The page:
Apple’s eBook Pricing gets an Antitrust Suit

In a report posted by Bloomberg’s Bob Van Voris, the US Department of Justice filed an antitrust suit in the New York district court against Apple and a number of book publishers last Wednesday. The DoJ is also expecting that several publishers will settle their cases this week, while Hachette, HarperCollins and Simon & Schuster already straighten things up on their sides.

The eBook Price Fixing

It was just last month when the government’s interest in eBook price fixing came to light. Apparently, the DoJ has warned Apple and five major book publishers about its plan to sue them. It is due to the Cupertino-based company’s alleged role in convincing eBook publishers to switch to “agency model,” instead of the “wholesale model” sales that Amazon is implementing on its Kindle Store.

Under the online retailer’s sales model, they would buy the books from its respective publishers at a wholesale price, and then offer it using their own rate. As it turns out, publishers where repeatedly upset with Amazon’s continuous selling of their titles at a loss.

According to biographer Walter Isaacson, the late Apple CEO Steve Jobs said that publishers were disappointed with Amazon’s method because it had screwed them up. In turn, publishers opted to partner with the company and adopt their agency model.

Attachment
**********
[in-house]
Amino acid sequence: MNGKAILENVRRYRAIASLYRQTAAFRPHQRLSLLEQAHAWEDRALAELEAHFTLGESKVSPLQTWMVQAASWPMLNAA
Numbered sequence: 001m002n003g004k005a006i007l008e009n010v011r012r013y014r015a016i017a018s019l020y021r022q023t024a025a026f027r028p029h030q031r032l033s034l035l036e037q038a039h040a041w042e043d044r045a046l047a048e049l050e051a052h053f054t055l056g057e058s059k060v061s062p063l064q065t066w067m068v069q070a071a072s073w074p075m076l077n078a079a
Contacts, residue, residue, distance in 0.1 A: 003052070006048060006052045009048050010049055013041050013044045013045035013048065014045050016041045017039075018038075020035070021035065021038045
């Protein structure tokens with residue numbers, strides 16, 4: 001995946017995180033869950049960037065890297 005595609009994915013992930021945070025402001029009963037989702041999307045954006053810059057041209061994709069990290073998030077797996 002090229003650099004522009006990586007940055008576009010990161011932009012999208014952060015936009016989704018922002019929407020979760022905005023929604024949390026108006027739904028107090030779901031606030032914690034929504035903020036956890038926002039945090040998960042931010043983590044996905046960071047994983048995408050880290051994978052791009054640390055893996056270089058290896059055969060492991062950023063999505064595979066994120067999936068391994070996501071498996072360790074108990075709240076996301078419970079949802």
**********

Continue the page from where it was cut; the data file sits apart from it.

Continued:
“We told the publishers, ‘We’ll go to the agency model, where you set the price, and we get our 30%, and yes, the customer pays a little more, but that’s what you want anyway.’ But we also asked for a guarantee that if anybody else is selling the book cheaper than we are, then we can sell them at the lower price too. So they went to Amazon and said, ‘You’re going to sign an agency contract or we’re not going to give you the books.’”

Federal Antitrust Law Violations

While Apple is prepping its iBooks before the release of the original iPad in 2010, Jobs offered to implement the agency model to its digital bookstore. According to previous reports, the Department of Justice suspected the company’s move to implement the said sales model as a violation of the federal antitrust law.

It is believed that the company conspires with book publishers to increase their prices. Furthermore, some publishers were also investigated over agreements to delay eBook release and allow their paperback editions some exclusivity window. Meanwhile, one of the Big Six publishers Random House will not face the investigation, as it initially rejected the company’s sales model.

In 2010, Apple also faced an anticompetitive inquiry from the Connecticut Attorney General. It was followed by an investigation conducted by the European Commission late last year.

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